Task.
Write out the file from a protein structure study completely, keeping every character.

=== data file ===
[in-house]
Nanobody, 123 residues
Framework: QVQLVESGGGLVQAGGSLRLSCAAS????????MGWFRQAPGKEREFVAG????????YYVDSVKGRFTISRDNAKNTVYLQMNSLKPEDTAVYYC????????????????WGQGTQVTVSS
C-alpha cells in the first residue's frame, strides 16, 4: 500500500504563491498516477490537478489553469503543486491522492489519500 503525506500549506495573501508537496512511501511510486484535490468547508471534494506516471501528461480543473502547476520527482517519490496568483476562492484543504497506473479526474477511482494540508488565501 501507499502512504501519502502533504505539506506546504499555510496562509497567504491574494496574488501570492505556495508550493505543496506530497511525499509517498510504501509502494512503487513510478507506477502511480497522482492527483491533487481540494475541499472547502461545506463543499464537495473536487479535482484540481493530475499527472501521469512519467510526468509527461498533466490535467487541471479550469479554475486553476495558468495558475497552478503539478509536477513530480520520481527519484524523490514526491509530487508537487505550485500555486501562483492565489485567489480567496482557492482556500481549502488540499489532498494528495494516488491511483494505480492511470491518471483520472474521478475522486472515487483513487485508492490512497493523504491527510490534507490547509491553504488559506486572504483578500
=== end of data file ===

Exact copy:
[in-house]
Nanobody, 123 residues
Framework: QVQLVESGGGLVQAGGSLRLSCAAS????????MGWFRQAPGKEREFVAG????????YYVDSVKGRFTISRDNAKNTVYLQMNSLKPEDTAVYYC????????????????WGQGTQVTVSS
C-alpha cells in the first residue's frame, strides 16, 4: 500500500504563491498516477490537478489553469503543486491522492489519500 503525506500549506495573501508537496512511501511510486484535490468547508471534494506516471501528461480543473502547476520527482517519490496568483476562492484543504497506473479526474477511482494540508488565501 501507499502512504501519502502533504505539506506546504499555510496562509497567504491574494496574488501570492505556495508550493505543496506530497511525499509517498510504501509502494512503487513510478507506477502511480497522482492527483491533487481540494475541499472547502461545506463543499464537495473536487479535482484540481493530475499527472501521469512519467510526468509527461498533466490535467487541471479550469479554475486553476495558468495558475497552478503539478509536477513530480520520481527519484524523490514526491509530487508537487505550485500555486501562483492565489485567489480567496482557492482556500481549502488540499489532498494528495494516488491511483494505480492511470491518471483520472474521478475522486472515487483513487485508492490512497493523504491527510490534507490547509491553504488559506486572504483578500